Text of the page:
By Carlos Martinez
In my opinion, Revolutionary Suicide is a crucial contribution to the field of revolutionary strategy and tactics, particularly for those working in the ‘belly of the beast’ – the imperialist countries of Europe and North America. …
In terms of learning from Huey’s ideas about building a revolutionary movement, I think the following points from ‘Revolutionary Suicide’ are some of the key things for us to consider:
- BUILD UNITY THROUGH REAL STRUGGLE. Learning to fight the oppressor is the way to stop fighting each other. Huey communicates this idea by relating the story of how, at his high school, the black students created unity in response to the dominance of white racist gangs.
- BUILD UNITY THROUGH SHARED GOALS. Nobody agrees on everything, and yet left organisations insist on defining themselves on the basis of petty differences with each other. Work out a basic platform and move on it.
- BUILD A SENSE OF COMMUNITY. Modern capitalism takes away our sense of community, of togetherness, or shared purpose. It promotes individualism and fear. Any revolutionary organisation or movement must seek to build unity and cooperation in the communities it works within. Socialism is built from the ground up.
- BUILD ALTERNATIVE EDUCATION. The education system fails oppressed people. It teaches self-hate and subservience. The revolutionary must be an educator. Raising consciousness is a long-term, arduous, essential project and needs constant attention.
- MOBILISE AMONG THE MOST OPPRESSED. Although the traditional US left was focusing its attentions on the industrial working class, the Panthers realised that this was not the most revolutionary class in society, as it had largely been bought off and was enjoying the fruits of imperialism and racism. Huey points out that a revolution must be built on the basis of those elements in society that have nothing to lose; that are ready to go against the system.
- REVOLUTION STARTS NOW. Meet the survival needs of the people, in the here and now. Build power in the communities. Take responsibility. Political power doesn’t drop from the skies; it is built in real life, and that process begins now with the fight for survival. “Revolution is not an action; it is a process.”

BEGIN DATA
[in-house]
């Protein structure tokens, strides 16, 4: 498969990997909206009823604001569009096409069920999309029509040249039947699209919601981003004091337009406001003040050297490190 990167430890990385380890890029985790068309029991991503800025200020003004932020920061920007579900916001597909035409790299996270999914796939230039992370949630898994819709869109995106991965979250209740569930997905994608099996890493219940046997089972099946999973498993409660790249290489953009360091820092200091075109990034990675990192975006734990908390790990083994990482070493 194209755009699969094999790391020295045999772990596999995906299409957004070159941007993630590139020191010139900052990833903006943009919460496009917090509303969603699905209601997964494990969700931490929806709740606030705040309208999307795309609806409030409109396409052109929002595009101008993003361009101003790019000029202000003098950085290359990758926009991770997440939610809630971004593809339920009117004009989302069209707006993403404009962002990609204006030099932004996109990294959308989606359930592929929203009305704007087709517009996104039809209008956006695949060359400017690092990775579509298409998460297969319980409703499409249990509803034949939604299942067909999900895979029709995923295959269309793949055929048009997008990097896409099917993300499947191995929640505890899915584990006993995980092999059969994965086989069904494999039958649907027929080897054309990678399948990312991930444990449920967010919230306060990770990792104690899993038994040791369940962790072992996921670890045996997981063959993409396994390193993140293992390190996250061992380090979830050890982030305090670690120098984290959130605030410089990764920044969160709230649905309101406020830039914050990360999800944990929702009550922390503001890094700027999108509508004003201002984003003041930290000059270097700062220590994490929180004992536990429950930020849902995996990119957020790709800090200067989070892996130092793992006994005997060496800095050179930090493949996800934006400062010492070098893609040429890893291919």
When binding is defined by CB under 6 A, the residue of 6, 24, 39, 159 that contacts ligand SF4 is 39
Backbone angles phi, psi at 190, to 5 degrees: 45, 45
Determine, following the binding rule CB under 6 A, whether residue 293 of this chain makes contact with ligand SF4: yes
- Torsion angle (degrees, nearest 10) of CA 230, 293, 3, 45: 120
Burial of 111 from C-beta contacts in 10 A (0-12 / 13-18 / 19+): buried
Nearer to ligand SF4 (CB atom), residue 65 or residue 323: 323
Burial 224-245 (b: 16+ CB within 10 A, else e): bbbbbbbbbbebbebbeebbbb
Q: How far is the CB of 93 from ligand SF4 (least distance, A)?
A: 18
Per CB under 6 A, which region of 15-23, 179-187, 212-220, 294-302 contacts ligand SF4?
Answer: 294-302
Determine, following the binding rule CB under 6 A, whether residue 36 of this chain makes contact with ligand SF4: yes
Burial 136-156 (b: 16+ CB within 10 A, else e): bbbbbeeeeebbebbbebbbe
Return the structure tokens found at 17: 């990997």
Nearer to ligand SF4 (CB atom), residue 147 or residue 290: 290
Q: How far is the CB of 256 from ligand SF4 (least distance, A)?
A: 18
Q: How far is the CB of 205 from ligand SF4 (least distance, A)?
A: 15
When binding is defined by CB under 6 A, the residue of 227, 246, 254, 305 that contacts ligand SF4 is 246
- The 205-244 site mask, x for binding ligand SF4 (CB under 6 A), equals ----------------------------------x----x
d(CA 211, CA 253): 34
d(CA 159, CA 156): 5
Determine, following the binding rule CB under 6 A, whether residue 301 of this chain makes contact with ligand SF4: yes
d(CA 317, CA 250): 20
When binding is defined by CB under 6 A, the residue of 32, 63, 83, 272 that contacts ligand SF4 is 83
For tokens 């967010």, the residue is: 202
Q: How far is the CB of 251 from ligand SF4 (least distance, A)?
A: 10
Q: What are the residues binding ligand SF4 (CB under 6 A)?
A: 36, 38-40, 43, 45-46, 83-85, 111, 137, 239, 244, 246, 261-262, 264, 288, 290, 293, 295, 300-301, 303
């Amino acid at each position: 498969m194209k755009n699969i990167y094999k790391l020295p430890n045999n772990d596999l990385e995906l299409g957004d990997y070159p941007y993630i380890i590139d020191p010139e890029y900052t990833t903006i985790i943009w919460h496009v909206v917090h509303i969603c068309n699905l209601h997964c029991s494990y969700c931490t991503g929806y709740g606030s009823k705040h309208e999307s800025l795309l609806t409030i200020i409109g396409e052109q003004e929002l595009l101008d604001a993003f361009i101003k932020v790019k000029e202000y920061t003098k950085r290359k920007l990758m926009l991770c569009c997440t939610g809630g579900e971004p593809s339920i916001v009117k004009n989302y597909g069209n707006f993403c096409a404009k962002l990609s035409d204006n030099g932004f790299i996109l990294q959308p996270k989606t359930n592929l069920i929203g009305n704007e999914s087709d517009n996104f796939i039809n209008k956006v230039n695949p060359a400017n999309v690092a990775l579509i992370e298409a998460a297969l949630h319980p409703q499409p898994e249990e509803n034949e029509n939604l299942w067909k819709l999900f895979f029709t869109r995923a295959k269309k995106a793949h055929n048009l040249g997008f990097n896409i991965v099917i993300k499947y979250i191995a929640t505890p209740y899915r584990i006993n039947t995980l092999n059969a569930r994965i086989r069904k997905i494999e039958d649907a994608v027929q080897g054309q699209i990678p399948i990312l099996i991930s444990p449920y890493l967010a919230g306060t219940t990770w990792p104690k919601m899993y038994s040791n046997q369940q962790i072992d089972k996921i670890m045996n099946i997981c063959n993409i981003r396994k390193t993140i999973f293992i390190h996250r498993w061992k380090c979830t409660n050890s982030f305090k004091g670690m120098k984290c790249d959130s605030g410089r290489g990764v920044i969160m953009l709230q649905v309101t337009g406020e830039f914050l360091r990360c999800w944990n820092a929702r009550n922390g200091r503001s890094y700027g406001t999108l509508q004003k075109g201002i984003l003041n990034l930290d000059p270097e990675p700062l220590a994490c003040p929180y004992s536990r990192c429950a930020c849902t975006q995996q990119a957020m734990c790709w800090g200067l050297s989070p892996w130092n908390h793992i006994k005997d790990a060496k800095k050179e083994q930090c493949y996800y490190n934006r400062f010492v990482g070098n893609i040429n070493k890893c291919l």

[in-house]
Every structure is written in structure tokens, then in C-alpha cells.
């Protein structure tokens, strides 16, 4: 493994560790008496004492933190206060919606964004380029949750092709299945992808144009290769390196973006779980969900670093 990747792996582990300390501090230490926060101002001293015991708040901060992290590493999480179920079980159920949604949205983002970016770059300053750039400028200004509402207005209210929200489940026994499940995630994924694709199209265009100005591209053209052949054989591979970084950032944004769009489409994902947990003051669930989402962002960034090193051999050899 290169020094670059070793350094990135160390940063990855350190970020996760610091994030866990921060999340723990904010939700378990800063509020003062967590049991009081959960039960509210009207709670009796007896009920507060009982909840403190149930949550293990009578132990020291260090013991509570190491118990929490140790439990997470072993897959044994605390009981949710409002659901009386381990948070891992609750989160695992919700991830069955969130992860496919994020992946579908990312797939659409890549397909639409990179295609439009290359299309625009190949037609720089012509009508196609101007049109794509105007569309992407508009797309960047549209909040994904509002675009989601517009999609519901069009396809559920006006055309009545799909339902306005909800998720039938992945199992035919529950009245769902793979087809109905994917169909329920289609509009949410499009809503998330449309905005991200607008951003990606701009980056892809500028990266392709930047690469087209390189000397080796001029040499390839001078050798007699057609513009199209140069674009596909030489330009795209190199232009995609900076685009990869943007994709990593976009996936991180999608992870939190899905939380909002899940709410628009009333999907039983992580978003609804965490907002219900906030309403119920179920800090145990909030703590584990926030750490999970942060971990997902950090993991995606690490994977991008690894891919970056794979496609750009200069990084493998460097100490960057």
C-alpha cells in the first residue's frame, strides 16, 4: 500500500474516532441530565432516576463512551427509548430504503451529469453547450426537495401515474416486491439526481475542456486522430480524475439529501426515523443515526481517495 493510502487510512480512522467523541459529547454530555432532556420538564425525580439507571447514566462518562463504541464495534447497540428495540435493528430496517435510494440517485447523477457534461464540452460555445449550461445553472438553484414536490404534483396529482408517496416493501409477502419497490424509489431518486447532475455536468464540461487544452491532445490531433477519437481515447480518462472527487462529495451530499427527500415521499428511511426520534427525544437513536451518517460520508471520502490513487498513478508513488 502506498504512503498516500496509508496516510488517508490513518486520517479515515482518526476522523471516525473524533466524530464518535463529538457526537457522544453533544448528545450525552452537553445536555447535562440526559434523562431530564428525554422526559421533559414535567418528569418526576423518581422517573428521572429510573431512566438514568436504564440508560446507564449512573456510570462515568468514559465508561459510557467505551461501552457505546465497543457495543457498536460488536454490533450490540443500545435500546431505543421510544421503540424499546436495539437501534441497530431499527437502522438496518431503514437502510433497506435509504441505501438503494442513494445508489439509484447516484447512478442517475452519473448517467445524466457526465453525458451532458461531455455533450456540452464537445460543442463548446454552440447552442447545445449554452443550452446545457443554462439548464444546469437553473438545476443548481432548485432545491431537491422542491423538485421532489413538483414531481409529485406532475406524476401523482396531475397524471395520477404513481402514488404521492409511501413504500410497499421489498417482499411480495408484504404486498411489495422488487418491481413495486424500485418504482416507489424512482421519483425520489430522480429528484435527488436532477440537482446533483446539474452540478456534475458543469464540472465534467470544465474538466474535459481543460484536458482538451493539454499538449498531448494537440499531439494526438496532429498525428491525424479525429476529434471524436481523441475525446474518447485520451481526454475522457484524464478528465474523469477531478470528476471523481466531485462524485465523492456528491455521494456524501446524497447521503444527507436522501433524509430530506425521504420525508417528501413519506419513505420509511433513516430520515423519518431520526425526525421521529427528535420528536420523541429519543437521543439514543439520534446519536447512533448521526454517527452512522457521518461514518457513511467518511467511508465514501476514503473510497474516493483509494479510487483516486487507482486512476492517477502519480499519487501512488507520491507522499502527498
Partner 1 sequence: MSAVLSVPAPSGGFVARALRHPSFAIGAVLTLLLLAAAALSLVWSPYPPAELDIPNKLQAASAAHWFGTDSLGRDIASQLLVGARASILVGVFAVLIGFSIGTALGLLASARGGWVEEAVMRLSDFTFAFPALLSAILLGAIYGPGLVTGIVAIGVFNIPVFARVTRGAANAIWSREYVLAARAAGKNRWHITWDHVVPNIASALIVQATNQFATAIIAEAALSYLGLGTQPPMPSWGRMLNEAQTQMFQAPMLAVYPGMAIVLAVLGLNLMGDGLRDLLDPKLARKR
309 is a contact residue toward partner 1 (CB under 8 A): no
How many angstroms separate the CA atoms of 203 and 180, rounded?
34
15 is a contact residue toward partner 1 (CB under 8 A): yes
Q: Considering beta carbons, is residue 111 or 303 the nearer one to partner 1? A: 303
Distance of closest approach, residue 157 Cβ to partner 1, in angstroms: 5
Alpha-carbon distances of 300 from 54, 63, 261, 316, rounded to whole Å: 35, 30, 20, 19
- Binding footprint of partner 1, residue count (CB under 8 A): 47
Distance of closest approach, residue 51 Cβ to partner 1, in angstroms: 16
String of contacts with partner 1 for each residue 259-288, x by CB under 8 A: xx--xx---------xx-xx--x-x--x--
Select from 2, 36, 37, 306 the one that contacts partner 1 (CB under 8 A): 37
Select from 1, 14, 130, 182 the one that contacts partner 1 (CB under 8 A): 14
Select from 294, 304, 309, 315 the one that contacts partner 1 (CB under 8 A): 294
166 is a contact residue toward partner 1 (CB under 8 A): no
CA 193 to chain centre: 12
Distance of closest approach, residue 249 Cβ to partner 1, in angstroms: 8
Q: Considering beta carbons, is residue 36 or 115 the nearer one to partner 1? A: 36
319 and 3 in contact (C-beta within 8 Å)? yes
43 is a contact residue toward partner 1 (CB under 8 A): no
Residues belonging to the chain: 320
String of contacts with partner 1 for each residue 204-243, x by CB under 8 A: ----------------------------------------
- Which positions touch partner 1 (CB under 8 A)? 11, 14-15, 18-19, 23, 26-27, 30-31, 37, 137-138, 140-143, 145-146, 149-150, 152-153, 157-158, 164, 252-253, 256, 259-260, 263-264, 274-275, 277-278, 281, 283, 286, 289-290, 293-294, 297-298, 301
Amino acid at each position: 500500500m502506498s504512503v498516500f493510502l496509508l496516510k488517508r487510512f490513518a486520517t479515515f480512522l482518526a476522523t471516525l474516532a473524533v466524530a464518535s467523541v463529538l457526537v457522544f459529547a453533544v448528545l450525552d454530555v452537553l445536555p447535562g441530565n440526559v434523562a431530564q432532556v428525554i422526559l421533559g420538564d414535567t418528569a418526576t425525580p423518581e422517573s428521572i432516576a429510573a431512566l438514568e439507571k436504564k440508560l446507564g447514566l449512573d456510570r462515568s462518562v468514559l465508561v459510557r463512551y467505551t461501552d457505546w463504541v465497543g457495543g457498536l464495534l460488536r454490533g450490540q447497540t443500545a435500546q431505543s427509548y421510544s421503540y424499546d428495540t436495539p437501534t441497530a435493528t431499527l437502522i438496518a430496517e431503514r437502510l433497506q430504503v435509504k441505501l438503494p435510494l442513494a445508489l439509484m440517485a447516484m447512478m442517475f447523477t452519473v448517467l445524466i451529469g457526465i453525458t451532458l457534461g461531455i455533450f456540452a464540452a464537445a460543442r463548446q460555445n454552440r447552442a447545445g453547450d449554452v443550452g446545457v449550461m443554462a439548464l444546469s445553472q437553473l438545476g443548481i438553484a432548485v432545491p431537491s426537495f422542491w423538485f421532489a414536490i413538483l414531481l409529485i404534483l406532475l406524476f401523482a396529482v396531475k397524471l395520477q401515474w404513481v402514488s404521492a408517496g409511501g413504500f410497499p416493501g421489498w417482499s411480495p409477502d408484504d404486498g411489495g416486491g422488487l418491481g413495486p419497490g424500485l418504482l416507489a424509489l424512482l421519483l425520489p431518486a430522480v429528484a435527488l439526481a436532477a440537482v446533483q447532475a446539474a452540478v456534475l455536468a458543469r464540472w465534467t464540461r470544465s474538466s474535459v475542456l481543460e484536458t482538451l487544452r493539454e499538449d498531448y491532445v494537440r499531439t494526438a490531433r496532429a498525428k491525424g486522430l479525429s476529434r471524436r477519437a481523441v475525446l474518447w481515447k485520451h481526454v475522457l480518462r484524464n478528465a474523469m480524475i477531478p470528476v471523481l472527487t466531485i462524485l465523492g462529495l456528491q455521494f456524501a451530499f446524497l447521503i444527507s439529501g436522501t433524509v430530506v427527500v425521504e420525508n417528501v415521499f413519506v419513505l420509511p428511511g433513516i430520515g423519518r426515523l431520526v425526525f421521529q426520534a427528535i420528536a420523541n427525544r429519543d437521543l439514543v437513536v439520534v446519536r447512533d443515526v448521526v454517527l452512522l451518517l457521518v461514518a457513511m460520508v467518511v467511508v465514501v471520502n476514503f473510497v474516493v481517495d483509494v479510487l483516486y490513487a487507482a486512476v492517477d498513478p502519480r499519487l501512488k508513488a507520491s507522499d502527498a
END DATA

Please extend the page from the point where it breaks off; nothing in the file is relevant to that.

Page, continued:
- ACTION SPEAKS LOUDER THAN WORDS. You can’t engage people with a load of talk and dogmatism. Find ways to get the attention of those people you want to revolutionise. Be relevant, be visible, get people moving in the struggle for real goals. No left-wing organisation that I know of in Britain gets anywhere near to this, as they have no roots in oppressed communities and therefore are not on the right wavelength.
- BE RELEVANT. You don’t have to dumb down your ideas to be acceptable to the masses; you don’t have to take ‘popular’ positions; but you *do* have to be relevant. Many groups fail because they are completely divorced from the masses, and because they adopt an alienating, doctrinaire, superior attitude in relation to oppressed people.
- STUDY THE ART OF REVOLUTION. Learn how others have developed movements and won freedom, and let their strategies inform yours.
- BUILD YOUR OWN PLAN. While learning from others, remember that your struggle has its own unique characteristics, and therefore you must develop your own unique strategy based on a deep analysis of concrete conditions, rather than relying on blueprints or dogmas.
- FIGHT THE POWER. Develop the skills to deal with the system on a daily level. Know your rights – with police, in school, with bailiffs etc. This is key for building pride, confidence and solidarity.
- THE OPPRESSED MUST LEAD. Organisations have a definite need for people with what Huey calls “bourgeois skills” – middle class radicals with good writing, computer, administration skills etc. In many organisations unfortunately these skills bring leadership status to those that have them. This should be avoided!
— Antonio Gramsci, ‘Prison Notebooks’ (via indizombie)